Travel ban possibly to prevent me from ‘disappearing’, says ex-1MDB CEO

Former 1MDB CEO Shahrol Azral Ibrahim Halmi says he could not find employment outside Malaysia because of the travel ban.

KUALA LUMPUR: Former 1MDB chief executive officer Shahrol Azral Ibrahim Halmi told the High Court he suspected he was barred from travelling abroad to prevent individuals with information on the sovereign fund from “disappearing”.

He said this when questioned during Najib Razak’s 1MDB trial on the travel ban imposed on him after the May 9, 2018 general election and how he found out about it.

“There were a lot of media reports at the time, and one of them said I will be arrested,” he said in reply to a question by Najib’s lawyer, Muhammad Shafee Abdullah.

“I checked the Immigration Department website to make sure I was under a travel ban. The website said ‘sila rujuk kepada pejabat imigresen terdekat’ (please refer to the nearest immigration office),” he said.

Shahrol said he was not informed by the authorities on why he was barred from flying abroad.

“I was part of the board of directors and management team and it was clear to my mind that it was related to 1MDB,” he said.

Shafee: Were you regarded as a flight risk? Or they (authorities) suspected you had committed an offence.

Shahrol: I don’t know.

Asked by Shafee whether the travel ban had caused him inconvenience, he said it meant he could not find employments outside Malaysia.

He said his last job was at Malaysia Petroleum Resources Corporation (MPRC) and he left his job on July 4, 2018.

Shahrol also told the court he had known fugitive businessman Low Taek Jho from 2007, when the Penang-born businessman was his client when Shahrol worked at Accenture, an American consulting firm here.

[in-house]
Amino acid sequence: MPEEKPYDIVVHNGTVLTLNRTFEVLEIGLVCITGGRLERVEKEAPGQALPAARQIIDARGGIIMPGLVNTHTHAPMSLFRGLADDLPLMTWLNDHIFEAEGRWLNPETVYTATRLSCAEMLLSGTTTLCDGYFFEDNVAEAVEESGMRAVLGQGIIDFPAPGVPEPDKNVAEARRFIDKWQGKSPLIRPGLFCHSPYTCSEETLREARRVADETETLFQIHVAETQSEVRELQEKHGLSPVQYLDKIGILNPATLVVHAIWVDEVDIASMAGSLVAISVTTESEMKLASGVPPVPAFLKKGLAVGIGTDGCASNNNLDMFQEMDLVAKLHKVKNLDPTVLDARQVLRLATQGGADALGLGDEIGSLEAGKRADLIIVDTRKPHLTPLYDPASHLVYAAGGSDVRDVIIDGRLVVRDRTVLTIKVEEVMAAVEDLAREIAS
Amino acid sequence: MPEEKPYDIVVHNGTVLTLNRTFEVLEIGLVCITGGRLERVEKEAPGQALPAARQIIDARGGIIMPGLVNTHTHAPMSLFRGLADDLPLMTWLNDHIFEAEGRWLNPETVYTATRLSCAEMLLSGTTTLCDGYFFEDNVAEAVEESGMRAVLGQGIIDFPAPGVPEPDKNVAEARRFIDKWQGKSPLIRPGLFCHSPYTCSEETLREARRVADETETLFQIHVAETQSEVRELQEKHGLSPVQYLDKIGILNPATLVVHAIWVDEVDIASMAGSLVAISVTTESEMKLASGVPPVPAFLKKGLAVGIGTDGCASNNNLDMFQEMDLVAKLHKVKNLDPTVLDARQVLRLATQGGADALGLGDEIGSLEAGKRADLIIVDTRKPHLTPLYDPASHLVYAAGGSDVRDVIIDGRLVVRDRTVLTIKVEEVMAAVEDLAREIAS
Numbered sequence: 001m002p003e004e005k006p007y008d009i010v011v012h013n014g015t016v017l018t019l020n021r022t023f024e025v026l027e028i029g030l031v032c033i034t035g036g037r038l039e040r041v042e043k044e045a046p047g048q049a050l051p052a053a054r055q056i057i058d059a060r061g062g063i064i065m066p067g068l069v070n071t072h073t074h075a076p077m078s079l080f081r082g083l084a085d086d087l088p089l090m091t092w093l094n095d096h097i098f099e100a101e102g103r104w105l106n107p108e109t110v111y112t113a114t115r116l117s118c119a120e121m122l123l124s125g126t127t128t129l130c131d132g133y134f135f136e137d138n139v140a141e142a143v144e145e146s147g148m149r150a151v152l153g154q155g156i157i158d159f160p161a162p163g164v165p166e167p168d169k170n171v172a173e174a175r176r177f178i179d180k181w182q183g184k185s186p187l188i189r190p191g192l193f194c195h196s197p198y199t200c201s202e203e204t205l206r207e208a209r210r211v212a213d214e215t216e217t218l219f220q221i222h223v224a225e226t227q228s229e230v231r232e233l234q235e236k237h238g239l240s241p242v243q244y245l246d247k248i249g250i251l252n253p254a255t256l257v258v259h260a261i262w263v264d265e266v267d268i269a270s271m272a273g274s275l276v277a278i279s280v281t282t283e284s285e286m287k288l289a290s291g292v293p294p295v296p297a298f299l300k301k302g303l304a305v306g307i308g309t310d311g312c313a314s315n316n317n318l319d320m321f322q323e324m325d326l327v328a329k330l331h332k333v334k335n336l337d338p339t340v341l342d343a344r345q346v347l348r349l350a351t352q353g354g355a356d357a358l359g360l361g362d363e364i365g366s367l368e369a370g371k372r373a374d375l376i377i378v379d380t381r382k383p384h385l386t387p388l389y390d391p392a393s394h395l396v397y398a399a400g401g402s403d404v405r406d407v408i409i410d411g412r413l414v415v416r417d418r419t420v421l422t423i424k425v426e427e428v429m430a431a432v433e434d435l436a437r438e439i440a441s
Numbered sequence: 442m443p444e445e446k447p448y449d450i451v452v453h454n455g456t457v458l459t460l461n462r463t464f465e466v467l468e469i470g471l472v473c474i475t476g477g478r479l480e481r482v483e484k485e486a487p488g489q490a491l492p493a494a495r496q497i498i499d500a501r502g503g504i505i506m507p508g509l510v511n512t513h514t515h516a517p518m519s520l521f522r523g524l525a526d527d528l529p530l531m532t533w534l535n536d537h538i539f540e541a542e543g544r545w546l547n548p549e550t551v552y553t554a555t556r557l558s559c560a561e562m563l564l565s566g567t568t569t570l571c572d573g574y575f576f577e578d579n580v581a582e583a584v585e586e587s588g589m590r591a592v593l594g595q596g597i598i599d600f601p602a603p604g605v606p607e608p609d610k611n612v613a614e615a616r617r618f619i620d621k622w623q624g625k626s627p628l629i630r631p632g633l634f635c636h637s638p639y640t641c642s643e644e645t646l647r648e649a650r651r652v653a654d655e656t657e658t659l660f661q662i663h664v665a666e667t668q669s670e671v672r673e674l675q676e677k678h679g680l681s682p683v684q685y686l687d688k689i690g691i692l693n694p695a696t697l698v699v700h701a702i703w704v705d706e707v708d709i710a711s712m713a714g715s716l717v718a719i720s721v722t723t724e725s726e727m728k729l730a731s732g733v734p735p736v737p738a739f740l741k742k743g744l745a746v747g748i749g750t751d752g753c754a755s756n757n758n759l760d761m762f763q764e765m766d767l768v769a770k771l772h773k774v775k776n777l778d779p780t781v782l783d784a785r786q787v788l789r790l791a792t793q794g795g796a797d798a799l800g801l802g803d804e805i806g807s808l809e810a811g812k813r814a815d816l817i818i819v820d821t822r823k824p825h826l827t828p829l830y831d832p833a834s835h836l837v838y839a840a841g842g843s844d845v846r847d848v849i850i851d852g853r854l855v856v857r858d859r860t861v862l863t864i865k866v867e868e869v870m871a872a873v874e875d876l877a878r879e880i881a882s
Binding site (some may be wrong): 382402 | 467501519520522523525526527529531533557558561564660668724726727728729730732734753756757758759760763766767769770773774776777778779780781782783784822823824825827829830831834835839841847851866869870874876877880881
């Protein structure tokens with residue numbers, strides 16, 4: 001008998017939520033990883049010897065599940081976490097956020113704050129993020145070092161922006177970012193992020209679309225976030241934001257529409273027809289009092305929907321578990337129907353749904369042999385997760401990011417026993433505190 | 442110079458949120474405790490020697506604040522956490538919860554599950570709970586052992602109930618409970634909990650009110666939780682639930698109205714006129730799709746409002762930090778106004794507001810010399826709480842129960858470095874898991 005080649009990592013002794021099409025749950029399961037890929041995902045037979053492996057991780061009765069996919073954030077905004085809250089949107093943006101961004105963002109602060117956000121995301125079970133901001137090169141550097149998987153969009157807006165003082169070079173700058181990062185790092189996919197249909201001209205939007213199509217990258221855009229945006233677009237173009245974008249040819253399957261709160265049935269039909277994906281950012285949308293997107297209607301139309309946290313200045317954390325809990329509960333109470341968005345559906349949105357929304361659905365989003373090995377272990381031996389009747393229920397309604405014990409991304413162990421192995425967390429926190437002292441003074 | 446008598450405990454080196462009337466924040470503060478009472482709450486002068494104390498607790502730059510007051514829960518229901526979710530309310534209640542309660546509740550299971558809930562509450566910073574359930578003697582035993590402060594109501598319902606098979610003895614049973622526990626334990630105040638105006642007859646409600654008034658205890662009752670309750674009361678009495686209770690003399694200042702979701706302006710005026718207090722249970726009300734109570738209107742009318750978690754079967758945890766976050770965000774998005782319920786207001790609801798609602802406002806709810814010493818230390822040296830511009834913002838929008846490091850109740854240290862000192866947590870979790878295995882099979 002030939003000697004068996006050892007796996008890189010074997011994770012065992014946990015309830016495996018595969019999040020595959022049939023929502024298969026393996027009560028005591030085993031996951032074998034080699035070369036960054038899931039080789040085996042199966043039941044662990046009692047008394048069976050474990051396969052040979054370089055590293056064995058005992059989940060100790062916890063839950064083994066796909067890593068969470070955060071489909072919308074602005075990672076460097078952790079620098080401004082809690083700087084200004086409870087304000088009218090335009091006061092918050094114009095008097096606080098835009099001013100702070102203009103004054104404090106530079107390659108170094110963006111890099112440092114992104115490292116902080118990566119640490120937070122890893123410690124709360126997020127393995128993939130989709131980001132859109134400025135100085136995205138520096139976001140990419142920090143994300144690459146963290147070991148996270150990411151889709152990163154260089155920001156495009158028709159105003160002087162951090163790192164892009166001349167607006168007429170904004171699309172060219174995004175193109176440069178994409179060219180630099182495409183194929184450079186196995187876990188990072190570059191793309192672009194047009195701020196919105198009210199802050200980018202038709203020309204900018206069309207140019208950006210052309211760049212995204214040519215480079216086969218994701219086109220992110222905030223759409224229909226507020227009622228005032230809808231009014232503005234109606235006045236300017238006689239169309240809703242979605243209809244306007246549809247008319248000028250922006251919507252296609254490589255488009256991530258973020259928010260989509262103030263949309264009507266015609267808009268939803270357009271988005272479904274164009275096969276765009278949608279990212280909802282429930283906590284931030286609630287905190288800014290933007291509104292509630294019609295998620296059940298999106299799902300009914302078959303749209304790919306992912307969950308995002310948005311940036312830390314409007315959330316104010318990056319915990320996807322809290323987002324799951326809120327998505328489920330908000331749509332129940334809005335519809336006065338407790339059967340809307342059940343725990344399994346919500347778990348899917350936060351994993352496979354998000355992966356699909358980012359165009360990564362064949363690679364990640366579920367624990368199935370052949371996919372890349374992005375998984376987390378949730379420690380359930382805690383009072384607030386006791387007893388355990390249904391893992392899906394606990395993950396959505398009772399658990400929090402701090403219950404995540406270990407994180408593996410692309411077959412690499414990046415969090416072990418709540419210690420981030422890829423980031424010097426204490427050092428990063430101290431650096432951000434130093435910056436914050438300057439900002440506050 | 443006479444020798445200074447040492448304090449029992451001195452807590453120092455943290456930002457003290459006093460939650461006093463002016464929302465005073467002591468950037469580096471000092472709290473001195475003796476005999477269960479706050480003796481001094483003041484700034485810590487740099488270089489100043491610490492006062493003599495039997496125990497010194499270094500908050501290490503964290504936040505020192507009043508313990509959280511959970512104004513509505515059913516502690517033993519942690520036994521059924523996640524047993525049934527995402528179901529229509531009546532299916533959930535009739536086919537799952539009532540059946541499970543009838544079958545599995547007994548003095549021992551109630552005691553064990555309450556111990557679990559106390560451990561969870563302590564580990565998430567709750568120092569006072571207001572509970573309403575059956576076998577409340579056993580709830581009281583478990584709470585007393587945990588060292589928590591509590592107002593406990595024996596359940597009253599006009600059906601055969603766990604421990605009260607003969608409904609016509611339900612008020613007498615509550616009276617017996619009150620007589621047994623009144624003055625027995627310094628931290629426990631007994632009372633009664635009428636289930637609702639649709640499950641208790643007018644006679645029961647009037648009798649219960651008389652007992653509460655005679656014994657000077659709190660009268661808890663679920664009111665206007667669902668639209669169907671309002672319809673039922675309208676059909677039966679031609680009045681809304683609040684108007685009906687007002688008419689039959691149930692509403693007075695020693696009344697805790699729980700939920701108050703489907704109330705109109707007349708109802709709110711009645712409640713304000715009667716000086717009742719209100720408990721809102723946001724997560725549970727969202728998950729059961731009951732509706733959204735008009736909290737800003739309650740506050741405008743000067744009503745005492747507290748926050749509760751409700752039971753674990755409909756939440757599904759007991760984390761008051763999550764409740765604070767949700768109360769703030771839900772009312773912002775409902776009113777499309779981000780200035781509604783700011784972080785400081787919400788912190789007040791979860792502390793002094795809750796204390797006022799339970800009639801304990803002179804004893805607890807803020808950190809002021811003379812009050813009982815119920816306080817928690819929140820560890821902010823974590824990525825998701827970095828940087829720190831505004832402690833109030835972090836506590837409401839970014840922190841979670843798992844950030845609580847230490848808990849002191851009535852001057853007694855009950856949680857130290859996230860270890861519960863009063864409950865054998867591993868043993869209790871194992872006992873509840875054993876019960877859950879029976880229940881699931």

He said Low, commonly known as Jho Low, obtained his number from his Stanford University roommate.

Low, he said, sent him an SMS informing him that he wanted to have a look at the banking system at Utama Banking Group (UBG), which had merged with RHB Bank in 2002.

“The exact words he used was ‘professionalise the investment process in UBG’,” he said, adding that Low sought Accenture’s service to identify all investment opportunities the banks were involved with.

Asked by Shafee what he thought about Low, Shahrol said he was “always late”, drawing laughter from the crowd.

“He is also very well spoken and he understands things and got them done quickly,” he said.

Shahrol also told the court that Low contacted him at the end of 2008 and asked him if he was interested to join a funding company.

“I said I am always interested to explore new opportunities. And I also asked him how Accenture can help this funding company.

“There was no response from him until March 2009 when Low asked me to go to Istana Terengganu here on a Friday. It later became clear that I would take up the position of CEO,” he said, adding that he was given his letter of appointment as CEO of Terengganu Investment Authority (TIA) on March 23, 2009.

He said the job required him to listen and understand the mandate given by company’s directors and management as well as to execute the mandate.

Najib is standing trial on 25 counts of money laundering and abuse of power charges over alleged 1MDB funds amounting to RM2.28 billion deposited in his AmBank accounts between February 2011 and December 2014.

The hearing before High Court judge Collin Lawrence Sequerah continues.